Knowledge Base

Applying Multiple Faults Simultaneously in Transient Stability

A common question that PowerWorld support staff receives is as follows.

Question: Can I apply multiple faults in a transient stability simulation simultaneously?

Answer: Yes, absolutely!

We agree that normally this would not happen in real life situations, however there are studies that power engineers do that may require this. Our customers in North American who are running NERC CIP-14 studies often do this for example and apply faults to multiple buses inside the same substation. There is nothing special you need to do in software tool to do this.  All you do in PowerWorld Simulator do this is apply a fault at multiple locations with timing that overlaps and this will happen.

If you need more convincing that this is possible in software, it is useful to step back and think about what software is really doing numerically when you say “apply a fault”.  To numerically simulate applying a fault in transient stability, software tools like PowerWorld Simulator simply place a very small impedance between the bus and ground.  Putting in a very small impedance to ground is the same as placing a very large admittance at the bus in the numerical simulation.  Even if you choose to place a “solid fault” in the software, that does not mean that a 0.0 impedance (or infinite admittance) is used.  Software tools instead just put in an extremely large admittance value.  What this means is that “applying a fault” in a software tool is exactly the same as putting in an extremely large constant impedance Mvar load at the bus and closing it in to represent a fault.  There is nothing wrong with putting in multiple very large constant impedance Mvar loads and closing them in, so there is nothing wrong with simulating multiple faults.  Obviously you need to be careful with doing this in too many locations at once because at some point you’ll just get a voltage collapse, but presumably when applying multiple faults like this you are trying to understand if a voltage collapse will occur.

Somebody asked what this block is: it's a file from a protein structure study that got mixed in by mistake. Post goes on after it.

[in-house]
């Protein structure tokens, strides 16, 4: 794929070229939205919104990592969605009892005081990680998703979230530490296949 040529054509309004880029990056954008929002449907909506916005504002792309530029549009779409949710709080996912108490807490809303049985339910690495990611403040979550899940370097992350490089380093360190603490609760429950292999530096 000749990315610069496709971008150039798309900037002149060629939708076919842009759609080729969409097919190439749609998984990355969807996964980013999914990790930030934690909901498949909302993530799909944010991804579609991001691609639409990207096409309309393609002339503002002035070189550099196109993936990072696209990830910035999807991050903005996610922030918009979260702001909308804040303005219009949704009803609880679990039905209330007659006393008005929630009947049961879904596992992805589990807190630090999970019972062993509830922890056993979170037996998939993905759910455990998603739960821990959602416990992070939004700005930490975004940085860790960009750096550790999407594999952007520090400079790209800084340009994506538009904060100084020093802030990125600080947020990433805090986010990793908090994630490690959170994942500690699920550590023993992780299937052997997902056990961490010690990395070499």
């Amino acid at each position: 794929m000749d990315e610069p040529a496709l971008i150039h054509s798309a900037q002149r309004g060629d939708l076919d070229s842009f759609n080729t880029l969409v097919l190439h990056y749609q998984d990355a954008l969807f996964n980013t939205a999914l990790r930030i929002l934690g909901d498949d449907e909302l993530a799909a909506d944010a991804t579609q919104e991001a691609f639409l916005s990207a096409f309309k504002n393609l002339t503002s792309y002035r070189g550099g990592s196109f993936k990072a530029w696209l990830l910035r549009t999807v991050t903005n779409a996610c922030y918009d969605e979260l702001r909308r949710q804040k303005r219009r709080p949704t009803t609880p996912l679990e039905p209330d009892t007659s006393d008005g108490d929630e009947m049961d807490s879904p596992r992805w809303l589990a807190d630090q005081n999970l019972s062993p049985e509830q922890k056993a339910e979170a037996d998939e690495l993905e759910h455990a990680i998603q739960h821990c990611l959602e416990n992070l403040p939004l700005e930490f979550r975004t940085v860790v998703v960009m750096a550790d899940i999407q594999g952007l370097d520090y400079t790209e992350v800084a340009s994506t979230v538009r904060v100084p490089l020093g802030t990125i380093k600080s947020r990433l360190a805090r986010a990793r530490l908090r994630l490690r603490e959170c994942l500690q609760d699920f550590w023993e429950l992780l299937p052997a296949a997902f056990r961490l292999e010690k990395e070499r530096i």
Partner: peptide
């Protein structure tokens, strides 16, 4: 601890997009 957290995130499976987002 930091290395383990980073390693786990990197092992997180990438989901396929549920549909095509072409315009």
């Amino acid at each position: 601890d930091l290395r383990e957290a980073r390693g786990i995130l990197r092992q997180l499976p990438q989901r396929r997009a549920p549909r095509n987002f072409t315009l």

In the extreme, you may choose to apply a fault at every bus in a single substation simultaneously.  That is allowable. Sometimes we have seen customers instead go in an apply multiple line faults at end of every AC line that connects to a single substation.  That is fine too, but it may be more cumbersome than necessary and may be easier to just apply a fault at every voltage level within the substation instead.

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January 8, 2021